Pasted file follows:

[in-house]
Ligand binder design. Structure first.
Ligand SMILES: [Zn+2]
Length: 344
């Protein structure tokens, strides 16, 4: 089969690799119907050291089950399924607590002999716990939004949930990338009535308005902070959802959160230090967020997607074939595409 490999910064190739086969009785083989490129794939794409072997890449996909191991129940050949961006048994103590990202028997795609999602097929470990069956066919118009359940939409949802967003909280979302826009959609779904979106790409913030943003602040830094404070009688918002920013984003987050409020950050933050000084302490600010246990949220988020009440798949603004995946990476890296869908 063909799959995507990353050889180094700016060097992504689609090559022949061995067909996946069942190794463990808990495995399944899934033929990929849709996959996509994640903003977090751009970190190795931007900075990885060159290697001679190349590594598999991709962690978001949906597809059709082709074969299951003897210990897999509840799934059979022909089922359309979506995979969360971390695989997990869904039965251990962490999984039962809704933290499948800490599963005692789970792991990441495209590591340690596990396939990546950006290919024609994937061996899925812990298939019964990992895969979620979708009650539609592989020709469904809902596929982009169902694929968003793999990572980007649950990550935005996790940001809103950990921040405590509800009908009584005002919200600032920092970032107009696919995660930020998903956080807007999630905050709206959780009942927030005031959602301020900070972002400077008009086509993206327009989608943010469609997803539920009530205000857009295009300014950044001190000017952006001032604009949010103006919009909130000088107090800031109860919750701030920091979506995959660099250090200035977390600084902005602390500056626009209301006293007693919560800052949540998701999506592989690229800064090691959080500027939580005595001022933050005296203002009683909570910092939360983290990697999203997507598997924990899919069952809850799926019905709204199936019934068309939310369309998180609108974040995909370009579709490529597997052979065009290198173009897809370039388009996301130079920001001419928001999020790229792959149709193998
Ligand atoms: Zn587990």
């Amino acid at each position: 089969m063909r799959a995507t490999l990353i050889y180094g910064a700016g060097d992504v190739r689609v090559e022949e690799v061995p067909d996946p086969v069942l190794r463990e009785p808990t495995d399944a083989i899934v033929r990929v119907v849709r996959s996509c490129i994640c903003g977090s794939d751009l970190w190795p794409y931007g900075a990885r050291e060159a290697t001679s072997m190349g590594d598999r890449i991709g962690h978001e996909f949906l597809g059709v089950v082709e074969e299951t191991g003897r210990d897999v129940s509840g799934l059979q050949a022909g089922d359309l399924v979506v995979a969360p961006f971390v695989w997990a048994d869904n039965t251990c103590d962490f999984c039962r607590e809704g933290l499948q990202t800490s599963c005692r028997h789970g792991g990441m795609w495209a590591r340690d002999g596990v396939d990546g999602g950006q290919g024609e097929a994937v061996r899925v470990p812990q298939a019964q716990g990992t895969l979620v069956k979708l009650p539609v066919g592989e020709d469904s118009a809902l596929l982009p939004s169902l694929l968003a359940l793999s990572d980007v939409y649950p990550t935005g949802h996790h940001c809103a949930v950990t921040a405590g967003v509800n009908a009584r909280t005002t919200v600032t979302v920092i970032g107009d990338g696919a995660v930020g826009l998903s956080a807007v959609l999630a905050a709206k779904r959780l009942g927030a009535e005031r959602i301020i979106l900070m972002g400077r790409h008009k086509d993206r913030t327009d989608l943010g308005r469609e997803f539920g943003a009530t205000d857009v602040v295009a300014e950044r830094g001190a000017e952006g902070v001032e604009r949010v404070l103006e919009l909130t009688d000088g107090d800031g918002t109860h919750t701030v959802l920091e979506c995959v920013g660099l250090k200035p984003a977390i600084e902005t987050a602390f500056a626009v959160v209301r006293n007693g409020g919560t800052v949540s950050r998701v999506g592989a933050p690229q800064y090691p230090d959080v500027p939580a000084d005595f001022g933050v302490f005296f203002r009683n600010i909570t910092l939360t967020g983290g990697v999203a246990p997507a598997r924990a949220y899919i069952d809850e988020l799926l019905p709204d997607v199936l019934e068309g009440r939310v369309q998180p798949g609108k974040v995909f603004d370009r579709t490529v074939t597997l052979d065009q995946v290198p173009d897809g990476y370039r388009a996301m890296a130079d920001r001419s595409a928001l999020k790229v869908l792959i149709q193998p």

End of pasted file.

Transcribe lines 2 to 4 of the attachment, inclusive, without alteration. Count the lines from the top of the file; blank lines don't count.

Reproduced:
Ligand binder design. Structure first.
Ligand SMILES: [Zn+2]
Length: 344